Marching Cubes Algorithm

The Marching Cubes Algorithm is a meshing algorithm in the field of computer graphics. It is used to extract a polygonal mesh out of an isosurface from a three- or two-dimensional scalar field. It is primarily used for visualization modeling because it makes it easy to adjust the generated mesh.

Data Structure for the Algorithm#

The basis of the Marching Cubes Algorithm's functionality is the data structure. The data is represented by a 3D grid of points, where every point has an additional value (e.g a number like the brightness). You can subdivide this grid into many cubes by taking the points as corners.

3D Grid Data Structure

Now we can take a closer look at the cubes we have created. Every cube has eight edges that hold values. The value can be a grayscale value, or just a weight for each point for instance.

Cube with highlighted Corners

Because every of those eight points contain a certain value, we can define a threshold that separates all points in two groups: the points whose values are above the threshold and those whose value are below it.

With this information, we can create parts of the so-called isosurfaces, which result in the whole object when they are put together. For every point whose value is above the threshold (in this example the points with the blue circles), we draw a triangle at the centers of the adjacent edges.

Cube with Isosurfaces

After repeating this process for every cube we have built the whole mesh, and we can see the resulting figure. The more cubes / points the grid has, the more detailed is the resulting object.

Implementation of the Marching Cubes Algorithm#

After understanding the concept, we can take a look on how to implement this algorithm. The primary challenge for this problem is the determination of the isosurface. Where do we need to draw the triangles?

At first glance, one could think of just looping over each point and if it's over the threshold to draw lines to the centers of the adjacent edges. But this approach does not work for every constellation. If you take a look on the points on the right side of the picture above, you can see one of a few special cases that won't work with this method.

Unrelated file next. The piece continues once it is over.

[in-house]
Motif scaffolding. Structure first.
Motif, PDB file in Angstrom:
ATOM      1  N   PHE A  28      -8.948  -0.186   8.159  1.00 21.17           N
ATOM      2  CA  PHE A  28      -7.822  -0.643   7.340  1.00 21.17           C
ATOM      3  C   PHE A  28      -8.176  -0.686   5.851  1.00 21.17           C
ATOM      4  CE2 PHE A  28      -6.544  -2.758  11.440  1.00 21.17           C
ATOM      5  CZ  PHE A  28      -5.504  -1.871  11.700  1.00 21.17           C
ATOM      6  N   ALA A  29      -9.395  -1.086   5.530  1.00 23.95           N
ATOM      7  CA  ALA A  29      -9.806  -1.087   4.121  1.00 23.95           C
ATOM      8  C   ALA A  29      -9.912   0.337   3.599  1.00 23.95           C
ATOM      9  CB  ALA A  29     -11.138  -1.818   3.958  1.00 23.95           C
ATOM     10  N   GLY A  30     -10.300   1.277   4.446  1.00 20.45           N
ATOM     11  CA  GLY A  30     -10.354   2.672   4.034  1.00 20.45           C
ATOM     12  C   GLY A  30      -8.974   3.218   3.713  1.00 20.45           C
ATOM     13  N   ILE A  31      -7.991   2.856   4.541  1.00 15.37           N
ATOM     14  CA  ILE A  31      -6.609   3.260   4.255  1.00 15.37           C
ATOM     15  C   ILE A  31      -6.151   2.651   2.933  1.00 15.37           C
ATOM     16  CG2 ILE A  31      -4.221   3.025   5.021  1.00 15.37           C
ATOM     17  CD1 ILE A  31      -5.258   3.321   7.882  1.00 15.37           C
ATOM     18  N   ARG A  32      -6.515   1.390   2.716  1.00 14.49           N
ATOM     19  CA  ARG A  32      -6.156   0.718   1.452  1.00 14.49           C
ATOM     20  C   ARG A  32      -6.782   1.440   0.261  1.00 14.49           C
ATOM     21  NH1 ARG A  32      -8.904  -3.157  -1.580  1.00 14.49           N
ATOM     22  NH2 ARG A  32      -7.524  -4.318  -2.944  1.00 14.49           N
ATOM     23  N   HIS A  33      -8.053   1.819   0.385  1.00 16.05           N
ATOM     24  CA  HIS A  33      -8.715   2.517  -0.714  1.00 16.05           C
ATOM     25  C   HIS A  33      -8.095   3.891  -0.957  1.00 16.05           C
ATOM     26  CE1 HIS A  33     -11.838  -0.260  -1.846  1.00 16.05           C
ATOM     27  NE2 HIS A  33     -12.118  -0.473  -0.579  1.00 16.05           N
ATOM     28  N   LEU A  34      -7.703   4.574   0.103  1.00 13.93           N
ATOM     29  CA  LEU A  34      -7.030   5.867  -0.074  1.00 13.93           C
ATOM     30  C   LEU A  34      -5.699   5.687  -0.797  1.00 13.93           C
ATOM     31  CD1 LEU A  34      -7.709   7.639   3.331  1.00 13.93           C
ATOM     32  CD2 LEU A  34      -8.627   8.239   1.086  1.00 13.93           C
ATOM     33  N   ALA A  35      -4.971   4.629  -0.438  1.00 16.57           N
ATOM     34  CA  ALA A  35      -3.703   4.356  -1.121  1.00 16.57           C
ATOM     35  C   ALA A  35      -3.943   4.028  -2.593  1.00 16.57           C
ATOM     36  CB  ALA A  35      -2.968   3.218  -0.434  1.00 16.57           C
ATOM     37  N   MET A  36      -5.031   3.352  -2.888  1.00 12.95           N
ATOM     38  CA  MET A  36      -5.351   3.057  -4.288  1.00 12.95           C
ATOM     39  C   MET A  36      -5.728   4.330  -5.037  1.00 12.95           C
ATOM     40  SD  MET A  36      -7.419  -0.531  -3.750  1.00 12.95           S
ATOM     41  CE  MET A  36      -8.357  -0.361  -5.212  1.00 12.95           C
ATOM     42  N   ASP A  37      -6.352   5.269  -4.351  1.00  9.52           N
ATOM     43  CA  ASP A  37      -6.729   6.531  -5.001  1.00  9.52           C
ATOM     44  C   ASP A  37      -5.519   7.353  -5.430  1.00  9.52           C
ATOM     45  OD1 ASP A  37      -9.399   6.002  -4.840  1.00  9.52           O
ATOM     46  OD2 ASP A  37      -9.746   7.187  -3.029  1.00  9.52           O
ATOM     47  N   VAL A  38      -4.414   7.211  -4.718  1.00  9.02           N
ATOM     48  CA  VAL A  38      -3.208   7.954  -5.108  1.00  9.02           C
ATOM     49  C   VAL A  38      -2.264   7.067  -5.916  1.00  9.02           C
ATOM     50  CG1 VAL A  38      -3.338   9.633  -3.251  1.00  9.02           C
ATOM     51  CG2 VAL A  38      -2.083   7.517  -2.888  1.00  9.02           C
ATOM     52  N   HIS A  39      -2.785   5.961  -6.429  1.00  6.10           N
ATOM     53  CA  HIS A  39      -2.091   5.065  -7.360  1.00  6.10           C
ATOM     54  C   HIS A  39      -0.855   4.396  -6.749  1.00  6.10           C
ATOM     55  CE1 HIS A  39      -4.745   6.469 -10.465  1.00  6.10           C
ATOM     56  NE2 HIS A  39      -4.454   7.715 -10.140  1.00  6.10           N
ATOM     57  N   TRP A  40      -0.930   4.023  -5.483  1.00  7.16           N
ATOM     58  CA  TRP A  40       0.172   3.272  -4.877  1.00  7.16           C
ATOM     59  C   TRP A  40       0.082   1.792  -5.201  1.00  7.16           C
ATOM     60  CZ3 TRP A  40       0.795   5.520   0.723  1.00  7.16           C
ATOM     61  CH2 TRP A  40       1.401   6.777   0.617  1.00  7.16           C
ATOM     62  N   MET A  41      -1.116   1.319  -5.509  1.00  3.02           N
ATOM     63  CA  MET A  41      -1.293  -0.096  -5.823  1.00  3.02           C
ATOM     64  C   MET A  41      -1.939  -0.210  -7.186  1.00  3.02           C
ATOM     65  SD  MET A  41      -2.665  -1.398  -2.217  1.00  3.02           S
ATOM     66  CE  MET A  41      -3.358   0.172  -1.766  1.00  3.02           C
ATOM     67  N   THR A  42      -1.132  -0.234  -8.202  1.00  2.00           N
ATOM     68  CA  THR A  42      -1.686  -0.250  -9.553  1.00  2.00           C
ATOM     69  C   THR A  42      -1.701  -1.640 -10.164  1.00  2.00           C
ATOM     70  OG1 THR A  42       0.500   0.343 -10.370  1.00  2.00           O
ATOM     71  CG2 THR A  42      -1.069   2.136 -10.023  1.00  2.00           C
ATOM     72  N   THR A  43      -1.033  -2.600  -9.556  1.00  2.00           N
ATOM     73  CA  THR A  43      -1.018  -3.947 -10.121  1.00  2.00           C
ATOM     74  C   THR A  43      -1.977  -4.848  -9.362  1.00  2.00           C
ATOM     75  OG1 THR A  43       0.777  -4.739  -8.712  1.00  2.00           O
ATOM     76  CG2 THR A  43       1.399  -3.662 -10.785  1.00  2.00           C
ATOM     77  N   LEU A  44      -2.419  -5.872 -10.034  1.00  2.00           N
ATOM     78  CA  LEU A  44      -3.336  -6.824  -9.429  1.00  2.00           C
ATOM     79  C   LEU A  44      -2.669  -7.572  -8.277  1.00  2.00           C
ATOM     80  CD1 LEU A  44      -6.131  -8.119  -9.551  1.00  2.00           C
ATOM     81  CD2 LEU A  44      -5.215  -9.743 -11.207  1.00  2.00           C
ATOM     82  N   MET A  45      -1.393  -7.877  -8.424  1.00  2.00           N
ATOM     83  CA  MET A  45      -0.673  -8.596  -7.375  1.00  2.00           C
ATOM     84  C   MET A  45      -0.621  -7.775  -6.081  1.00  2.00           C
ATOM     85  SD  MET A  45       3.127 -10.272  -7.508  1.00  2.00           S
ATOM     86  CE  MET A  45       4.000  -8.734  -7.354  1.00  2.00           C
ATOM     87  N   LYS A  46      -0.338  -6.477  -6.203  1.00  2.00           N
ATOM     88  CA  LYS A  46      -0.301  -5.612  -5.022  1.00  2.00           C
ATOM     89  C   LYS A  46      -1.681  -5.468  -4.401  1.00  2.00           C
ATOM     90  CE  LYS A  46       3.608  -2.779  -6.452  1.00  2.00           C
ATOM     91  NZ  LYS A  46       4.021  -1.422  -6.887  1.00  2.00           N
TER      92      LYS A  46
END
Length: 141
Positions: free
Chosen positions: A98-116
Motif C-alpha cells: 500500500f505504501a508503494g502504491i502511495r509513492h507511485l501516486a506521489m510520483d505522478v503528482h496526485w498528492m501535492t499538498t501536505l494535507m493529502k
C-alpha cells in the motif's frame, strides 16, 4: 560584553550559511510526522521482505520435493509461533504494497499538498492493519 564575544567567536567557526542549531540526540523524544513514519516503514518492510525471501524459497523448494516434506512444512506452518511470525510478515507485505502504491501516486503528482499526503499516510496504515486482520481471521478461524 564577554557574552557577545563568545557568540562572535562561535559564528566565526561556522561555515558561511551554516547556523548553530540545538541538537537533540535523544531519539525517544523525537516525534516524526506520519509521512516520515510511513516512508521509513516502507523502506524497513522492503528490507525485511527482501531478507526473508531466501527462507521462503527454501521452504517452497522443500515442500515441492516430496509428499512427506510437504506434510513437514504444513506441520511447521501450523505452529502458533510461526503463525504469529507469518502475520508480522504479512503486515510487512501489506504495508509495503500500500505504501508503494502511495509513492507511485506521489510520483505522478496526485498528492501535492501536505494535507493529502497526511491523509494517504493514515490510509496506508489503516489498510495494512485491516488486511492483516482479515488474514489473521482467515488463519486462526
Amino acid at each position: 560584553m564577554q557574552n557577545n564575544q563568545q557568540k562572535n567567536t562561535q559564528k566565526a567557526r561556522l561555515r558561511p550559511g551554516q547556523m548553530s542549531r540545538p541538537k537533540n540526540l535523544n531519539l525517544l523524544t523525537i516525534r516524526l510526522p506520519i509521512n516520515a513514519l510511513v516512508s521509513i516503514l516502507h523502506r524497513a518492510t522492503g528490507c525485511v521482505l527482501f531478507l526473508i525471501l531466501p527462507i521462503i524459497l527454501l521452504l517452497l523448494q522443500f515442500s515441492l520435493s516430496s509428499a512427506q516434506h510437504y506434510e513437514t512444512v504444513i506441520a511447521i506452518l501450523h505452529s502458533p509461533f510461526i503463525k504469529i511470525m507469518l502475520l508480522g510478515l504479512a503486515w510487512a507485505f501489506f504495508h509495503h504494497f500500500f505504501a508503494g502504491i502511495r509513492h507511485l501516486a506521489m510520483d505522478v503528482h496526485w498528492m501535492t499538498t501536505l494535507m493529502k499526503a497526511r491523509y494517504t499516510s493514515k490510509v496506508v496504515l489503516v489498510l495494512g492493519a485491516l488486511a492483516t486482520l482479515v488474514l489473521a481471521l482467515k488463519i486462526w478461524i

Luckily, there is a much better to solve this problem. For this approach, we try to find all possible Combinations that the box can have. By trying all the 28 possibilities and leaving out the symmetrical mirrored ones, we can find 14 different arrangements (15 with the empty one).

Additionally, we can give each combination a unique number by considering is as a binary number. Every cube has eight corners, so we can represent the combination for a cube as an 8-bit integer value!

11000001 = 193

This integer value represents the example cube from the previous chapter. In general, we have 256 combinations (from 0 to 255), for which we can store the resulting triangles in a lookup table! This makes the implementation quite easy, because we just have to calculate the integer representation for each cube and draw the triangles that we get from the lookup table. In fact, you don't even need to create the lookup table on your own, this would be a lot of effort. You can find lookup tables for the most programming languages on the internet.

The following Code Snippet shows a simple implementation of the Marching Cubes Algorithm. Nevertheless, to make it as readable as possible, it is more pseudo-code than a full-working example.

class Point:
def __init__(self, x: int, y: int, value: float):
self.x = x
self.y = y
self.value = value
class Cube:
def __init__(self, corner_points: List[Point]):
self.corner_points = corner_points
class Grid3D:
def __init__(self, cubes: List[Cube]):
self.cubes = cubes
def integer_representation_for_cube(cube: Cube, threshold: float) -> int:
integer_value = 0
for index, point in enumerate(cube.corner_points):
if point.value > threshold:
integer_value += 1 << index
return integer_value
def marching_cubes(grid: Grid3D, threshold: float):
for cube in grid.cubes:
integer_representation = integer_representation_for_cube(cube, threshold)
triangles_to_draw: List[Triangle] = lookup_table[integer_representation]
for triangle in triangles_to_draw:
draw_triangle(triangle) # (not implemented here)

Optimizing the Marching Cubes Algorithm#

Like for nearly every algorithm, you can optimize the Marching Cubes Algorithm.

Firstly, you can improve the accuracy of the triangles by setting the corners not always in the center of the edges. The points can have different distances from the threshold value and not every time the same. Therefore, it may make sense to draw the triangle corners closer or further away from the point. But this means that you need to adjust the lookup table and maybe parameterize it. This will take much more effort to implement it.

Another, more common optimization, is to parallelize the computation of the mesh. This is really easy for the Marching Cubes Algorithm and one reason why it's so popular. All the cubes are completely independent of each other, so we can easily compute the cubes in parallel.


To sum up, the Marching Cubes Algorithm is very useful when it comes to modelling objects with a mesh. All you have to do is to change the values of the grid points and run the algorithm to update a mesh. Additionally, the algorithm is easy to implement and can be parallelized efficiently.

I hope the idea of the Marching Cubes Algorithm is clearer and you understood why the algorithm is quite attractive for meshing. However, if there is anything left unclear or you have another question, please leave a comment below and I will try to come back to you or adjust the post.